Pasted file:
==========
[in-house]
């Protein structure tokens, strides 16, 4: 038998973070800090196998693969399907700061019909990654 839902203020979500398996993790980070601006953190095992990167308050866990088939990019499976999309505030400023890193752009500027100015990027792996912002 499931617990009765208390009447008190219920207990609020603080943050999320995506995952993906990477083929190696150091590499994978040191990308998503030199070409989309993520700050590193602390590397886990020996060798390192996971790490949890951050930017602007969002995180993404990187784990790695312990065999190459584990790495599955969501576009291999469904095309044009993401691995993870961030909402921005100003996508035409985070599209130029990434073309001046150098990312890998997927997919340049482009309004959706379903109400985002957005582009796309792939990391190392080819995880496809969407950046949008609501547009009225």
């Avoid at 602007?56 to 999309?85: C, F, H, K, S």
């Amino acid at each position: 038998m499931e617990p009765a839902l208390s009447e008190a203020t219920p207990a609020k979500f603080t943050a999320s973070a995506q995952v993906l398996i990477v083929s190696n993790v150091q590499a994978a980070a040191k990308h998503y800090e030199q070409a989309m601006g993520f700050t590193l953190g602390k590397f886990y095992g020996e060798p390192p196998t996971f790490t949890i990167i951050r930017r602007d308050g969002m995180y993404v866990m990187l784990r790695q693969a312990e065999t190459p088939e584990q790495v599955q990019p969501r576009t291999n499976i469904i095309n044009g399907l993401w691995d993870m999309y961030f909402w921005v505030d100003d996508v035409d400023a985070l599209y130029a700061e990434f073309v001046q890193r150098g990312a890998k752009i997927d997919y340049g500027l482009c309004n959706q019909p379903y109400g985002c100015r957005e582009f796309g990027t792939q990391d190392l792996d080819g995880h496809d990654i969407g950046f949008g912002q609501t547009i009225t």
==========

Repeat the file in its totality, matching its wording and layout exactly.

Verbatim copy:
[in-house]
């Protein structure tokens, strides 16, 4: 038998973070800090196998693969399907700061019909990654 839902203020979500398996993790980070601006953190095992990167308050866990088939990019499976999309505030400023890193752009500027100015990027792996912002 499931617990009765208390009447008190219920207990609020603080943050999320995506995952993906990477083929190696150091590499994978040191990308998503030199070409989309993520700050590193602390590397886990020996060798390192996971790490949890951050930017602007969002995180993404990187784990790695312990065999190459584990790495599955969501576009291999469904095309044009993401691995993870961030909402921005100003996508035409985070599209130029990434073309001046150098990312890998997927997919340049482009309004959706379903109400985002957005582009796309792939990391190392080819995880496809969407950046949008609501547009009225």
């Avoid at 602007?56 to 999309?85: C, F, H, K, S």
């Amino acid at each position: 038998m499931e617990p009765a839902l208390s009447e008190a203020t219920p207990a609020k979500f603080t943050a999320s973070a995506q995952v993906l398996i990477v083929s190696n993790v150091q590499a994978a980070a040191k990308h998503y800090e030199q070409a989309m601006g993520f700050t590193l953190g602390k590397f886990y095992g020996e060798p390192p196998t996971f790490t949890i990167i951050r930017r602007d308050g969002m995180y993404v866990m990187l784990r790695q693969a312990e065999t190459p088939e584990q790495v599955q990019p969501r576009t291999n499976i469904i095309n044009g399907l993401w691995d993870m999309y961030f909402w921005v505030d100003d996508v035409d400023a985070l599209y130029a700061e990434f073309v001046q890193r150098g990312a890998k752009i997927d997919y340049g500027l482009c309004n959706q019909p379903y109400g985002c100015r957005e582009f796309g990027t792939q990391d190392l792996d080819g995880h496809d990654i969407g950046f949008g912002q609501t547009i009225t």